Yes                                         No
 Positive                 Negative                                                       Low probability of celiac
                                                       Small bowel biopsy                consider total IgA test
                       F/U                                                               to R/O IgA deficiency
Dx confirmed            consider other dx ,
                       consider repeat bx
                                                  Positive               Negative
                                                Tx and monitor
                                                                           Celiac ruled out,
                                                                           look for other cause
                                              Improvement?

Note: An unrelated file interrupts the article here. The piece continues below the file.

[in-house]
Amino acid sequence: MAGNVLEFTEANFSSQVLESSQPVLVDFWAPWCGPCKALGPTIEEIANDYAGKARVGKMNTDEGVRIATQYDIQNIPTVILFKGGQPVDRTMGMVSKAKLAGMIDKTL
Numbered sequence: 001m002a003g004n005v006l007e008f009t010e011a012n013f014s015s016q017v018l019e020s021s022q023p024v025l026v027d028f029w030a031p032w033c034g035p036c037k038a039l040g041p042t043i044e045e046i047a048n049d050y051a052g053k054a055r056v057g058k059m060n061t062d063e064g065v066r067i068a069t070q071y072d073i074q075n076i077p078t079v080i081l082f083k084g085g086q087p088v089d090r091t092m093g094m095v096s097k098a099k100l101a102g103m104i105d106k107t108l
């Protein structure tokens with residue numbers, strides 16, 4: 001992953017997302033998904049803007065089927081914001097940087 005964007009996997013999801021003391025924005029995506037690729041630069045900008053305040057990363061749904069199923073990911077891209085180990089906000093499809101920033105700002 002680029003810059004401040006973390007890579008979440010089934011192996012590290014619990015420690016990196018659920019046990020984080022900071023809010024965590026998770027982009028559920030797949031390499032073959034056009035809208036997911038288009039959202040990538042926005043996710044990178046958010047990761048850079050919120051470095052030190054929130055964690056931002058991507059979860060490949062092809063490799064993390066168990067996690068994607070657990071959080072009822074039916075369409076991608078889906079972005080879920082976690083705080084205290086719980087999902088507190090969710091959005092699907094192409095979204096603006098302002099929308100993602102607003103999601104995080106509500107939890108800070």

Yes                  No
                                                             Evaluate for possible secondary cause of symptoms
                                   Dx confirmed
CD - Treatment


   Only proven treatment for
   celiac disease is a
   gluten-free diet (GFD)


   Strict, lifelong diet restriction
   Avoid: Wheat, Rye, Barley ? Oats
      Celiac Disease - Management

Consultation with a skilled dietician for GFD
Education about the disease
Lifelong adherence to GFD
Identification & treatment of nutritional deficiencies
Access to an advocacy group
Continuous long term follow-up by a multidisciplinary team
                                             Cross Contact
                               wheat


“Gluten-free”                                           oats




       National Food Authority of US has two
       definitions
           Gluten-free refers to NO gluten
           < 200 ppm is low gluten

       Any amount of gluten may cause
       autoimmune response even if no
       symptoms

       Kupper, 2005
What not to eat
     Chappati, parontha
     Bread
     Dalia, suji, maida
     Biscuits
     Noodles
     Karha parshad
Eating out?